According to Forbes, there are over 44 million student loan borrowers who owe more than $1.4 trillion dollars in debt. Yes, trillion. That sum is staggering, and for many the monthly minimums you're required to pay back on your loans is unmanageable. Over 1 million borrowers default on their student loan payments every year. By 2023 the U.S Department of Education estimates that around 40% of borrowers will go into default.
What happens when you default on your student loans?
Defaulting on your student loan payments means you haven't been able to make a single payment towards your debt for about a year. The debt for the total amount of minimum monthly payments you've missed gets sent to collections. Your credit takes a nosedive.
By the time your student loan goes into default, your credit score will have dropped at least 60 points. If you didn't start off with great credit in the first place, your rating after defaulting will likely be considered "very poor", making it harder to get a mortgage or qualify for decent interest rates. According to research from the Urban Institute, record high student loan debt is part of the reason millennials aren't buying homes.
Saving for a home mortage Shutter stock
When you go into default on your loans, some states will even go so far as to suspend your driver's licenses . And because of high interest rates, the total amount you owe in student loans after defaulting increases by about 10%. When you're already having trouble paying your monthly minimums, that increase can be devastating.
Is there a way to get rid of your student loans for good?
When you're unable to pay back other types of debts (your mortgage, a bank loan, etc) you're allowed to file for bankruptcy. Filing for bankruptcy on student loan debt however has historically been extremely difficult. It isn't impossible though.
In 2005, congress passed the Bankruptcy Abuse Prevention and Consumer Protection Act. Under the exception, borrowers have to prove their student loans are causing them undue hardship in order to include the debt in bankruptcy filings. What qualifies as "undue hardships"? That's the problem. Congress didn't define the term and courts are left to interrupt it.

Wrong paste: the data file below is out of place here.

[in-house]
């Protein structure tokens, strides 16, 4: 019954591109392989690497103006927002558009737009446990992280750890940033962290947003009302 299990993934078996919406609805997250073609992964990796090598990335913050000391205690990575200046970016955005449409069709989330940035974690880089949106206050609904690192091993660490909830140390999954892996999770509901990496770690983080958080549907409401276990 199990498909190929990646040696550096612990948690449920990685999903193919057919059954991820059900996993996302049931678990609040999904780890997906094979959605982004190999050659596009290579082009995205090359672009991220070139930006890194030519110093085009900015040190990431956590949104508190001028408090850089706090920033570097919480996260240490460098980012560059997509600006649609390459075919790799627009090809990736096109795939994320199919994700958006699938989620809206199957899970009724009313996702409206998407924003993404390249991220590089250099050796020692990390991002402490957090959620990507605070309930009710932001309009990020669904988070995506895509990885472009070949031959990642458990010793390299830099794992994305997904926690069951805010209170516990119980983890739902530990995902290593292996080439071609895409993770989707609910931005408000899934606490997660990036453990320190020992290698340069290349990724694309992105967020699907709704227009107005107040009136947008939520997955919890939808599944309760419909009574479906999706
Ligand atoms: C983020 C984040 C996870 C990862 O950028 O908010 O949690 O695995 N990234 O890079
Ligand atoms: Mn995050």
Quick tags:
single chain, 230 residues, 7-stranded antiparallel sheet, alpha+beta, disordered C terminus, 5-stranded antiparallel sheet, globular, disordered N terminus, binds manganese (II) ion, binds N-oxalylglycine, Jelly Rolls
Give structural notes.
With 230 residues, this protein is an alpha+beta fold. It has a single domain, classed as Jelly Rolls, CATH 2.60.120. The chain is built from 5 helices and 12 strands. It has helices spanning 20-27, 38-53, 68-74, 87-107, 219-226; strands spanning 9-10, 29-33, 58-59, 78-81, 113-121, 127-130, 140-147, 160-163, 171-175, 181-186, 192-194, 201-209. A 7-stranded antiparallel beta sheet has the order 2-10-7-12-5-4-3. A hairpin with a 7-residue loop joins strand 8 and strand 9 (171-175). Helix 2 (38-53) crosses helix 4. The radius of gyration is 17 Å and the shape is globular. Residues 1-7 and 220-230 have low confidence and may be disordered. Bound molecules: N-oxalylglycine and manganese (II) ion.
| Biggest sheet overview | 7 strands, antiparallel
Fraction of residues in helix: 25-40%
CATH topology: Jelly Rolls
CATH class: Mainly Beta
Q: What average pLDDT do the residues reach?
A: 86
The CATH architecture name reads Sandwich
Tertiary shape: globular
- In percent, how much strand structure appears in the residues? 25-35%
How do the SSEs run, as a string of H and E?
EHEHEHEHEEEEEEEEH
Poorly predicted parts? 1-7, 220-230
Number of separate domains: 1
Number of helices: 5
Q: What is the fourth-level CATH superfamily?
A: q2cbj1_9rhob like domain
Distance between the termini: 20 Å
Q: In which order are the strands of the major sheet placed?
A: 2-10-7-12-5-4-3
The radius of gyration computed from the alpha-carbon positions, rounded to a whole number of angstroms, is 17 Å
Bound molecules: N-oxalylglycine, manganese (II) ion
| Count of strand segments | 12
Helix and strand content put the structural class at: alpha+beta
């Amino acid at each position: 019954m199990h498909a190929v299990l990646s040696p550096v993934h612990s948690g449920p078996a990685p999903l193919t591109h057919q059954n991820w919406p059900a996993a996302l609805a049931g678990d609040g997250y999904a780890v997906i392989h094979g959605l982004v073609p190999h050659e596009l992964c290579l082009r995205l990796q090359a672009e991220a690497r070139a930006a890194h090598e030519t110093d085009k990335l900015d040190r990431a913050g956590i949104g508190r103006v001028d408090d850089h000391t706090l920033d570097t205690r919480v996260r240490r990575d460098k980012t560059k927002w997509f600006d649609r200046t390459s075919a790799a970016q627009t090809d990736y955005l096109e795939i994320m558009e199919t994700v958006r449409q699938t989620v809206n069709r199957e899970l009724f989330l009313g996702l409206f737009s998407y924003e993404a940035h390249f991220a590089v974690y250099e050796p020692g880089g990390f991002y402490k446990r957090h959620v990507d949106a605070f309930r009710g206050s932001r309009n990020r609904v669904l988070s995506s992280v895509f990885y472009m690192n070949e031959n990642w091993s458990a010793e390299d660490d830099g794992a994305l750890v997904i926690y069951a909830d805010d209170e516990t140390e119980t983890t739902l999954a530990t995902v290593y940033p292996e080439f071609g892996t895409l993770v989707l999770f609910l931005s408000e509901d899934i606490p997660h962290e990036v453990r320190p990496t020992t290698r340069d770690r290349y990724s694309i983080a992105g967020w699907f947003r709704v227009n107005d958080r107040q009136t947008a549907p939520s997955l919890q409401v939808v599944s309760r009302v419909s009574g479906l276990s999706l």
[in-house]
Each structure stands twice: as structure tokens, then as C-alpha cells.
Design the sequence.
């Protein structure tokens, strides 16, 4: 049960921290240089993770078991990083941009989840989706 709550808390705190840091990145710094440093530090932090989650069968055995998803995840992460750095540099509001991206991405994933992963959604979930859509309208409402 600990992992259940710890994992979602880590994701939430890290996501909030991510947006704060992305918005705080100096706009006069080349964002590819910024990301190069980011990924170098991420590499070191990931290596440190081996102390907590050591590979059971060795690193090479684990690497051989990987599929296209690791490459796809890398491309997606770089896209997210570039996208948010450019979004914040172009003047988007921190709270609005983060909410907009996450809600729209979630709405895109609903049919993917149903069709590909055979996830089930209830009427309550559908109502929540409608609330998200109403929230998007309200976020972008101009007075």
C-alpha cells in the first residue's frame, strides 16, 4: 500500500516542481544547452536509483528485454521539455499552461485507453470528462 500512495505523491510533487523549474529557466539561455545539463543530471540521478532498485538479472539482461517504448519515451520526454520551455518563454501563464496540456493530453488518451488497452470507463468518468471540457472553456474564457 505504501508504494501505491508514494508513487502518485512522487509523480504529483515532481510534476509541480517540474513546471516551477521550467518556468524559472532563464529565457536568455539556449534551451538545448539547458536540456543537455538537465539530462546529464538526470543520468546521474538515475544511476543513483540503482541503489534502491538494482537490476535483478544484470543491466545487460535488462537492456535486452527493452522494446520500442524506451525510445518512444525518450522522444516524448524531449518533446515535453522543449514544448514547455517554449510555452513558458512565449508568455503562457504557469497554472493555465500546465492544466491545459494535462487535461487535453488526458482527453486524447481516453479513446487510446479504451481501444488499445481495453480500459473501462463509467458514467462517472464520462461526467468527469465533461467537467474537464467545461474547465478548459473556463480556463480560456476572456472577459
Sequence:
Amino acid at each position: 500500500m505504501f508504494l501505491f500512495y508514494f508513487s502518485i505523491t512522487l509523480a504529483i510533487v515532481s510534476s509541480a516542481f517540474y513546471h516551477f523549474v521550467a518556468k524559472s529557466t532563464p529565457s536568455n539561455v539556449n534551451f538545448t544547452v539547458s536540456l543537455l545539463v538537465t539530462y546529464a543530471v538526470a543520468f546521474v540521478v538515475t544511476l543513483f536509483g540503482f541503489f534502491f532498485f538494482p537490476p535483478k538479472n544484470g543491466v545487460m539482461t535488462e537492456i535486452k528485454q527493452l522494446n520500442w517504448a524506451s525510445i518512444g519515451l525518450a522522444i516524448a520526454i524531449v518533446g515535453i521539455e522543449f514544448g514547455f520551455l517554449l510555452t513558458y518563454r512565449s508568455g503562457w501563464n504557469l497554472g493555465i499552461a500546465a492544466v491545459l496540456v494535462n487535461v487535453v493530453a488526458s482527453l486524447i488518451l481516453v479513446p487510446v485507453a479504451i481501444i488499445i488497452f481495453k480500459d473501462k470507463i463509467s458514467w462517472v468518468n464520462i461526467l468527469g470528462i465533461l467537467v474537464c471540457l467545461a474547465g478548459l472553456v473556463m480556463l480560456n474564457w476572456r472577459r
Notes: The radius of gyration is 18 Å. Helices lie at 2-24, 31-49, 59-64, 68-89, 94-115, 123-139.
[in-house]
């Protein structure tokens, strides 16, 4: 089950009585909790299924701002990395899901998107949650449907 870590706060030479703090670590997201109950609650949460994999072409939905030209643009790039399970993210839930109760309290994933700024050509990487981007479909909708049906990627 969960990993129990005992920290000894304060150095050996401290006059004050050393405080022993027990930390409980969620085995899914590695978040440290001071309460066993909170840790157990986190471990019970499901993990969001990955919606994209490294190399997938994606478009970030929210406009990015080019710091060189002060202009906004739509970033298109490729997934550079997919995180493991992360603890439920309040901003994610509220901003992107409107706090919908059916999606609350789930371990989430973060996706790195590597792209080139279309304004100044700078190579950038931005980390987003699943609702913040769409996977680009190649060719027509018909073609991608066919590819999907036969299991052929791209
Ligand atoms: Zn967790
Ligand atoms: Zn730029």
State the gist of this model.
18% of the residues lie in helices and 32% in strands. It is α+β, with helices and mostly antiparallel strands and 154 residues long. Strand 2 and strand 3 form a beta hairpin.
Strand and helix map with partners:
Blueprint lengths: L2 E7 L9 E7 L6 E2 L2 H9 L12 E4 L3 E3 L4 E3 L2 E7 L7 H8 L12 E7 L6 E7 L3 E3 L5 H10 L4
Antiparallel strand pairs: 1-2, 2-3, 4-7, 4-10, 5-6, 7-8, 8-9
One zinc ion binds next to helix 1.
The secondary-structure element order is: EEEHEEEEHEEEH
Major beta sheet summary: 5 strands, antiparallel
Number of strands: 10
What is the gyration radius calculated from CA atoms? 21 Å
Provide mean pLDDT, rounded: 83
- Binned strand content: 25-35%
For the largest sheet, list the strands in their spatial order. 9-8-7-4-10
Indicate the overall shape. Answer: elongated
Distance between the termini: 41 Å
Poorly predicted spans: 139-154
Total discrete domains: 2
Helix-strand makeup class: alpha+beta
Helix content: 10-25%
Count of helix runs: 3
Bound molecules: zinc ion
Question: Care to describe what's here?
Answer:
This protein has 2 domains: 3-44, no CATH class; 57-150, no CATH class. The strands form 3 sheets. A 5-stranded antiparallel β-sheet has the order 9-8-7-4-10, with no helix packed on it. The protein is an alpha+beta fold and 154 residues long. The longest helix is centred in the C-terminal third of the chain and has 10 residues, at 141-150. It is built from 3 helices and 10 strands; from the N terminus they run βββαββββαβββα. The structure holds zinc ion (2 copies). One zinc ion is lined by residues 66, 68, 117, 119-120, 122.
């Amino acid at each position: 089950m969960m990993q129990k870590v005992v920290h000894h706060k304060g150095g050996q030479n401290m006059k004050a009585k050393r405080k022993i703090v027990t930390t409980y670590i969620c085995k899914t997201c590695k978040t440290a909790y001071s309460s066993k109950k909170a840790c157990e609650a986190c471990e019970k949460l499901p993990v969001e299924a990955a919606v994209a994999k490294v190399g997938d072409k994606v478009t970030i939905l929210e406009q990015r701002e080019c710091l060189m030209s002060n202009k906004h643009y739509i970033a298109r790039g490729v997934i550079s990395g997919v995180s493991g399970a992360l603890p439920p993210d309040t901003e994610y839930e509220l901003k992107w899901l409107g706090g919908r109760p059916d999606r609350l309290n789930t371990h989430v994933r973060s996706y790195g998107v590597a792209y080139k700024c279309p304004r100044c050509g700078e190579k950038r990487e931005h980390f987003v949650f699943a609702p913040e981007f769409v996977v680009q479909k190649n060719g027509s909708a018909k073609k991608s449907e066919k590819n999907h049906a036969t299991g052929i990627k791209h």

Adam Minsky, a lawyer who recently spoke to The Huffington Post, says you need to prove three different factors to the courts. You're unable to maintain a minimal standard of living, based on your current income and expenses, if you're forced to repay your loans. You have made decent efforts to try to repay your loans. Other factors out of your control, that may continue for a long time, are affecting your ability to pay.
Minsky claims, the most successful way of filing for bankruptcy on your student loan debt is to go the route of an adversary proceeding. This essentially means you're suing your student loan lenders for the amount that you owe. Adversary proceedings can be a long and expensive process, but if you can prove your student loans are unmanageable, you might just get rid of your student loans for good.
Borrowers who successfully sued and won were either unemployed, had a medical condition, or could prove their income had dropped from the last year. If you fall into any of these three categories you have a decent chance of winning. 40% of borrowers who file for bankruptcy and include their student loan debt get all or at least a portion of it removed.
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If you don't want to file for bankruptcy but need help navigating your student loan payments, consider trying a loan repayment app. Apps like ChangED and The Student Loan Hero consolidate all federal and private student loans, and come up with a plan to pay it off as quickly as possible. You can even sync you bank accounts and credit cards to save the change on your purchases. ChangED deposits that change into the app and sends an automatic extra payment to your loans every time it reaches $100.